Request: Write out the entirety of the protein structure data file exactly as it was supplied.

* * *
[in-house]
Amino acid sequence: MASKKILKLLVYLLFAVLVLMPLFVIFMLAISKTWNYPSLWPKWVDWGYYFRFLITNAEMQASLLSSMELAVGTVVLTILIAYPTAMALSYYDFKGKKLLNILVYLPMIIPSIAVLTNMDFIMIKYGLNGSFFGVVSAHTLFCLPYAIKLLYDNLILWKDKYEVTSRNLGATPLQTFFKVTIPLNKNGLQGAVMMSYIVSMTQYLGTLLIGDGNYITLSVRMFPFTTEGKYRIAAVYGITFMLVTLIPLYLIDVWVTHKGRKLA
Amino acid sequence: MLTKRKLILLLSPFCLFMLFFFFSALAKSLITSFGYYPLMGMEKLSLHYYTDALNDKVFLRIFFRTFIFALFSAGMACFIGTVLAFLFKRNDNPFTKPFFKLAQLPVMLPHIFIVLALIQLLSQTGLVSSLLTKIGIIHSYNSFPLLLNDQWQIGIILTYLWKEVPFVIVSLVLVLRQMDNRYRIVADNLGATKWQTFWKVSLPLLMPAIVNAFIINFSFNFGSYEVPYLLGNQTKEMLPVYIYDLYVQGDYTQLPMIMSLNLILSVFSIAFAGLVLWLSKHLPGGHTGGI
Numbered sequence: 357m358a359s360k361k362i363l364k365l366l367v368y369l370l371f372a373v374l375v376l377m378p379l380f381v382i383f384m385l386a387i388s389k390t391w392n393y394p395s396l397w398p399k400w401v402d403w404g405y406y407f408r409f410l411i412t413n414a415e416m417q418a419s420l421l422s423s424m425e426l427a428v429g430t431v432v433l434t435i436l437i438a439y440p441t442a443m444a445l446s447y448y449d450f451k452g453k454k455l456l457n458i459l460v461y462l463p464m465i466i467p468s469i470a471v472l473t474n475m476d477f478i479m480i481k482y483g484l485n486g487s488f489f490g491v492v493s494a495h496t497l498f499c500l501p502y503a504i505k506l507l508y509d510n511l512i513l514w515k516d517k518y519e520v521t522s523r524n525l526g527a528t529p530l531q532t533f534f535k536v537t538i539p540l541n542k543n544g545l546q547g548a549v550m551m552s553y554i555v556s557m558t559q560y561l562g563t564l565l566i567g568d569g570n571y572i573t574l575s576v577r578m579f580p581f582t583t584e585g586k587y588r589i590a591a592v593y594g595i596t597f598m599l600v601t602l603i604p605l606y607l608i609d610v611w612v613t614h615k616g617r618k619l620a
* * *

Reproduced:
[in-house]
Amino acid sequence: MASKKILKLLVYLLFAVLVLMPLFVIFMLAISKTWNYPSLWPKWVDWGYYFRFLITNAEMQASLLSSMELAVGTVVLTILIAYPTAMALSYYDFKGKKLLNILVYLPMIIPSIAVLTNMDFIMIKYGLNGSFFGVVSAHTLFCLPYAIKLLYDNLILWKDKYEVTSRNLGATPLQTFFKVTIPLNKNGLQGAVMMSYIVSMTQYLGTLLIGDGNYITLSVRMFPFTTEGKYRIAAVYGITFMLVTLIPLYLIDVWVTHKGRKLA
Amino acid sequence: MLTKRKLILLLSPFCLFMLFFFFSALAKSLITSFGYYPLMGMEKLSLHYYTDALNDKVFLRIFFRTFIFALFSAGMACFIGTVLAFLFKRNDNPFTKPFFKLAQLPVMLPHIFIVLALIQLLSQTGLVSSLLTKIGIIHSYNSFPLLLNDQWQIGIILTYLWKEVPFVIVSLVLVLRQMDNRYRIVADNLGATKWQTFWKVSLPLLMPAIVNAFIINFSFNFGSYEVPYLLGNQTKEMLPVYIYDLYVQGDYTQLPMIMSLNLILSVFSIAFAGLVLWLSKHLPGGHTGGI
Numbered sequence: 357m358a359s360k361k362i363l364k365l366l367v368y369l370l371f372a373v374l375v376l377m378p379l380f381v382i383f384m385l386a387i388s389k390t391w392n393y394p395s396l397w398p399k400w401v402d403w404g405y406y407f408r409f410l411i412t413n414a415e416m417q418a419s420l421l422s423s424m425e426l427a428v429g430t431v432v433l434t435i436l437i438a439y440p441t442a443m444a445l446s447y448y449d450f451k452g453k454k455l456l457n458i459l460v461y462l463p464m465i466i467p468s469i470a471v472l473t474n475m476d477f478i479m480i481k482y483g484l485n486g487s488f489f490g491v492v493s494a495h496t497l498f499c500l501p502y503a504i505k506l507l508y509d510n511l512i513l514w515k516d517k518y519e520v521t522s523r524n525l526g527a528t529p530l531q532t533f534f535k536v537t538i539p540l541n542k543n544g545l546q547g548a549v550m551m552s553y554i555v556s557m558t559q560y561l562g563t564l565l566i567g568d569g570n571y572i573t574l575s576v577r578m579f580p581f582t583t584e585g586k587y588r589i590a591a592v593y594g595i596t597f598m599l600v601t602l603i604p605l606y607l608i609d610v611w612v613t614h615k616g617r618k619l620a